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The precise movements of millions of users of the gay-dating app Grindr were collected from a digital advertising network and made available for sale, according to people familiar with the matter.
The information was available for sale since at least 2017, and historical data may still be obtainable, the people said. Grindr two years ago cut off the flow of location data to any ad networks, ending the possibility of such data collection today, the company said.
The commercial availability of the personal information, which hasn’t been previously reported, illustrates the thriving market for at-times intimate details about users that can be harvested from mobile devices. A U.S. Catholic official last year was outed as a Grindr user in a high-profile incident that involved analysis of similar data.
National-security officials have also indicated concern about the issue: The Grindr data were used as part of a demonstration for various U.S. government agencies about the intelligence risks from commercially available information, according to a person who was involved in the presentation.
Clients of a mobile-advertising company have for years been able to purchase bulk phone-movement data that included many Grindr users, said people familiar with the matter.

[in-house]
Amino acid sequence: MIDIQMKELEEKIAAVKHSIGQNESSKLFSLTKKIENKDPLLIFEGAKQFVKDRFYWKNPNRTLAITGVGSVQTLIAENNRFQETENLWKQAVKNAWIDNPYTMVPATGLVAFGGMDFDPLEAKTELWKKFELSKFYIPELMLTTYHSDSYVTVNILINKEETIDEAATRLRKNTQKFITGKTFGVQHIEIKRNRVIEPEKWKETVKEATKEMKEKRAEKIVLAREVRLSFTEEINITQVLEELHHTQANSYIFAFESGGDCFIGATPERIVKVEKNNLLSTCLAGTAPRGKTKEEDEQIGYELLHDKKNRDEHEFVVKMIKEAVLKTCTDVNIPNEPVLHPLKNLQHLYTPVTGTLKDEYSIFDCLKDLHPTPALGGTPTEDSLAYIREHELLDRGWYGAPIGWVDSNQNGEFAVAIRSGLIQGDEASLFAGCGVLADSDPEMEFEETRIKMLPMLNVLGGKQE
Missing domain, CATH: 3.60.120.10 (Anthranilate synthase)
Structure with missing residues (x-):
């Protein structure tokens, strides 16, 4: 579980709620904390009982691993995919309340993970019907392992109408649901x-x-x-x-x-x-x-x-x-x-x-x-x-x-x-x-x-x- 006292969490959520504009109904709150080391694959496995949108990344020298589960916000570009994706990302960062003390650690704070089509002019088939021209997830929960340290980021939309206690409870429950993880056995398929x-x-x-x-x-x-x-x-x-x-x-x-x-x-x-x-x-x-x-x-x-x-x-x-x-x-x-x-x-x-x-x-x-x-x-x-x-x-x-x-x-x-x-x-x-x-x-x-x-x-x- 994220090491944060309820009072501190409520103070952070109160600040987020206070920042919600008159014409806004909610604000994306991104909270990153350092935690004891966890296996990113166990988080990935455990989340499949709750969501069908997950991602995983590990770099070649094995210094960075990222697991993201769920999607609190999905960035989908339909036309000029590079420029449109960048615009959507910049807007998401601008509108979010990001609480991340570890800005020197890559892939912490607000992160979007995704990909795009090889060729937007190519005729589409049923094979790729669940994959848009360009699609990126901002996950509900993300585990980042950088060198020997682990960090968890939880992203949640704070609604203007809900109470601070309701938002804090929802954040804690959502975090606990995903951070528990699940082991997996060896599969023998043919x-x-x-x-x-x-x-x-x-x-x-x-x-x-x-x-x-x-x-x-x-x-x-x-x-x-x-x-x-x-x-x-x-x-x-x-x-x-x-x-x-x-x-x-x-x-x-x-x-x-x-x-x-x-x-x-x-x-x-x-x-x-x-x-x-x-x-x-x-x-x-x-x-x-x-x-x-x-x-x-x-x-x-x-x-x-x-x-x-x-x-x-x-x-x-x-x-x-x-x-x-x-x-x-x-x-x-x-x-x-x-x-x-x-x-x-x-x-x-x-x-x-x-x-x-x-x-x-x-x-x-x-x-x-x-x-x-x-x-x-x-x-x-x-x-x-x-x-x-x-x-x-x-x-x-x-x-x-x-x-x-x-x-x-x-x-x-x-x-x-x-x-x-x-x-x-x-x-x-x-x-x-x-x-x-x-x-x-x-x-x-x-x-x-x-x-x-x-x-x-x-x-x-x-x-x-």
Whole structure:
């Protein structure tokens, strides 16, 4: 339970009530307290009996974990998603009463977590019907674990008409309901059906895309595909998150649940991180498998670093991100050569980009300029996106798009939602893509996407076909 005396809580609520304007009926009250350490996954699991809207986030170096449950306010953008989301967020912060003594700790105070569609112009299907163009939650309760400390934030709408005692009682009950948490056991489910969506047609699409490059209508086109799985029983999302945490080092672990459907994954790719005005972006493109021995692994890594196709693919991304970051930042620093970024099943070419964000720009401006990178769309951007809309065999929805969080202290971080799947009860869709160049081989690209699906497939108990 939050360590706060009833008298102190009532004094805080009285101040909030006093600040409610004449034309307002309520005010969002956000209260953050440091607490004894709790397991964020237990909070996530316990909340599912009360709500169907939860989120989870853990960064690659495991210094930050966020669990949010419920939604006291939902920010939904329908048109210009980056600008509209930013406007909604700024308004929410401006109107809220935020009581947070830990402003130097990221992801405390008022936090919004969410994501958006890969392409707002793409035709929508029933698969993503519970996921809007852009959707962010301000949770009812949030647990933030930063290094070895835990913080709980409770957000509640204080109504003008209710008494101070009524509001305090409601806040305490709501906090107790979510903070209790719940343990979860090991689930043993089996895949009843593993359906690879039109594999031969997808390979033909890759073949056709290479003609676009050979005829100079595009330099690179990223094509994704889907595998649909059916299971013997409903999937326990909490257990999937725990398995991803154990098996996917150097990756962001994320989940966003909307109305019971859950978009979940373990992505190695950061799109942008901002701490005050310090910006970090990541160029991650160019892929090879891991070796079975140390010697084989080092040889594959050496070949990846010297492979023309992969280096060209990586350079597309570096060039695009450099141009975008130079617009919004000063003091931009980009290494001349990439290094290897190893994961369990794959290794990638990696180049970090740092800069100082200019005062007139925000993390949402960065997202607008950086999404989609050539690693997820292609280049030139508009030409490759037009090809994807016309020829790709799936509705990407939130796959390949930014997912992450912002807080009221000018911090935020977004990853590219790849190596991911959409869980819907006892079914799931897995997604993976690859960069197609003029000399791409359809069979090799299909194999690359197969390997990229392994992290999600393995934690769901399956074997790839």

The data didn’t contain personal information such as names or phone numbers. But the Grindr data were in some cases detailed enough to infer things like romantic encounters between specific users based on their device’s proximity to one another, as well as identify clues to people’s identities such as their workplaces and home addresses based on their patterns, habits and routines, people familiar with the data said.
“Since early 2020, Grindr has shared less information with ad partners than any of the big tech platforms and most of our competitors,” said Patrick Lenihan, a spokesman for Grindr. He said the company pays a price for reducing the data shared, including lesser ad quality for users and lower revenue. Mr. Lenihan added: “The activities that have been described would not be possible with Grindr’s current privacy practices, which we’ve had in place for two years.”
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Location-tracking data has increasingly been used for reasons beyond its intended purpose. Researchers earlier this year spotted signs of the Russian invasion into Ukraine before it was publicly known by watching Google Maps features that were designed to show traffic delays. Google later disabled those features to avoid them being abused in ways that could affect the safety of those on the ground.
Grindr in 2019 said it was the world’s largest social-networking app for gay, bi, trans and queer people, with “millions of daily users who use our location-based technology in almost every country in every corner of the planet.”